Other thoughts: Though I dislike the looooooong lists of links (too many links seem overwhelming) I would subscribe to this blog for some new ideas. I also already Tweeted a few of the lists to #sschat
How does the blog assist teachers with teaching content and integrating information literacy: Teachers and librarians could find LOTS of web resources as jumping off points for projects.  Separating links by grade level, or by subject (examples for games and videos) also helps teachers to use this site.  Just like the Daring Librarian, I think teachers or librarians could approach each other, using Ms. Geller’s posts as a jumping off point for collaboration and student project ideas.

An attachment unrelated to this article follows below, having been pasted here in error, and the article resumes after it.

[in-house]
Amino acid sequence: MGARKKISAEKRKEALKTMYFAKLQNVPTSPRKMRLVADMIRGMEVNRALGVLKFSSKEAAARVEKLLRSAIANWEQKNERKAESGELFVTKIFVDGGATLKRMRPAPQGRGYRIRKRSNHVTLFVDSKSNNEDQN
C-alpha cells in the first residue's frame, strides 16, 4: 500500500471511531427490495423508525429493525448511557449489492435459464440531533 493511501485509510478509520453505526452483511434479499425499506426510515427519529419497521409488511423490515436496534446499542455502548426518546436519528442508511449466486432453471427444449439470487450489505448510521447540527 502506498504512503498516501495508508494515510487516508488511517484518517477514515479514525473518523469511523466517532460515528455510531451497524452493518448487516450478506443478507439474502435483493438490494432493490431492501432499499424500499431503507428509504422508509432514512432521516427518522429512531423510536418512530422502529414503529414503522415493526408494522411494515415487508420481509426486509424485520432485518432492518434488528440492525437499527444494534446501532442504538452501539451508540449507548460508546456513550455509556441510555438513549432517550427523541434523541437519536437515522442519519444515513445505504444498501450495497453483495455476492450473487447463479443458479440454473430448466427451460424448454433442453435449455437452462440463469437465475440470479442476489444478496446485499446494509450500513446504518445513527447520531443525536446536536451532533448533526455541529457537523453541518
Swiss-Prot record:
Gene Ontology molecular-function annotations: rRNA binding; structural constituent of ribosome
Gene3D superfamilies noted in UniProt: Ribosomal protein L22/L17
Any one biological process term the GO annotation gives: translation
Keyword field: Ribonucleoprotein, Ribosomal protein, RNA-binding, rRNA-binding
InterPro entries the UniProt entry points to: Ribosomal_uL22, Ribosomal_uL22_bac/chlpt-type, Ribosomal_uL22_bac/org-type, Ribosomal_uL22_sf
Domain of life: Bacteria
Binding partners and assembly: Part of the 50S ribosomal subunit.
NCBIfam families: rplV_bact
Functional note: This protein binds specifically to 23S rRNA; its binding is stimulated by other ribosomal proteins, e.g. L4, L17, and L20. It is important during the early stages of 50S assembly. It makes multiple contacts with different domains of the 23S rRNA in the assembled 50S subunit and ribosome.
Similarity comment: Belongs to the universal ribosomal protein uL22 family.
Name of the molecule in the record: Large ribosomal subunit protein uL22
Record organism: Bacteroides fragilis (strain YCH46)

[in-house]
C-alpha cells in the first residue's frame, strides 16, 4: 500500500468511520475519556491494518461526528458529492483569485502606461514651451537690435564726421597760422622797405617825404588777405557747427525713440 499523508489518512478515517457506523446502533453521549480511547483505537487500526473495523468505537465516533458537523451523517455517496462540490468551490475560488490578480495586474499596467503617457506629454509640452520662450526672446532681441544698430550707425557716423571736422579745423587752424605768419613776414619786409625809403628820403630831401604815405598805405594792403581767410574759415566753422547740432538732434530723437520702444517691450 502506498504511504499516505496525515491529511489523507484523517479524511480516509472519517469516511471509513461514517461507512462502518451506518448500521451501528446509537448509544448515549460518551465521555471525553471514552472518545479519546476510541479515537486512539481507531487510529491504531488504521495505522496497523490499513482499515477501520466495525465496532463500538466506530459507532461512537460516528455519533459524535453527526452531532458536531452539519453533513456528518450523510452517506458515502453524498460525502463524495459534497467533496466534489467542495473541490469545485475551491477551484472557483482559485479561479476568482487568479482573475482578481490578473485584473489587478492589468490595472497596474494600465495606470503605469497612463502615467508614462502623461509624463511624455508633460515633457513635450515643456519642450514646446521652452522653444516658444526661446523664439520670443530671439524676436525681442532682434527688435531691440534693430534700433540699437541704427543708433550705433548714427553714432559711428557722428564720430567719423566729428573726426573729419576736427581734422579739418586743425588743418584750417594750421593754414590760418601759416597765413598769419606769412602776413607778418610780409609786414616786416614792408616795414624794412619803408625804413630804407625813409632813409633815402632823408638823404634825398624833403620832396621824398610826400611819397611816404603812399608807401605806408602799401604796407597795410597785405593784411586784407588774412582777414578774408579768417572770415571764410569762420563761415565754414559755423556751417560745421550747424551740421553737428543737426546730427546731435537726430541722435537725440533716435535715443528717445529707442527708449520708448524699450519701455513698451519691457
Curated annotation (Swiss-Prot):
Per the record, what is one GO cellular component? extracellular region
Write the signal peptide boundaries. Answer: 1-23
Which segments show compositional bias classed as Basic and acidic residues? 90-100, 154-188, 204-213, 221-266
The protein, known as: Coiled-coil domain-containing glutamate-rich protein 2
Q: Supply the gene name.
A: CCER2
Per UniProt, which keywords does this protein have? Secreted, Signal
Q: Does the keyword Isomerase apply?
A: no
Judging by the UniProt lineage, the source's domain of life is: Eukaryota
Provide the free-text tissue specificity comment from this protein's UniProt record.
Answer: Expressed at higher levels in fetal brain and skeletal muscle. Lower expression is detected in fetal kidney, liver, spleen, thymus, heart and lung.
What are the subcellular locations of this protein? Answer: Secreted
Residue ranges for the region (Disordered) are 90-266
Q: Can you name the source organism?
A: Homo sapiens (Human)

How might you incorporate blogs in your school library to facilitate collaboration? How might you use professional blogs for professional development or collaboration?  Using blogs in the library can support collaboration with teachers and parents.  One of our discussion board articles was Robin Ludmer’s “Making the Most of Fixed Schedules” describing the challenges many teachers and librarians face when planning projects.  If a librarian posted new web tools on her blog, as well as their applications for grade levels and subject areas, teachers could comment on ways that they want to use them, cutting down on the need to meet face to face or to organize a common planning time.  Also Hauser’s “Be the Web  Go To Person for Parents” may also be easier with a blog.  Castilleja’ s site offered many ways for parents to see what their students are up to, as well as ways to view library resources from home.  In terms of professional development, it would behoove teachers and librarians to view each others blogs and Twitter feeds as a way to see new web tools in practice and be up to date with web/ information trends.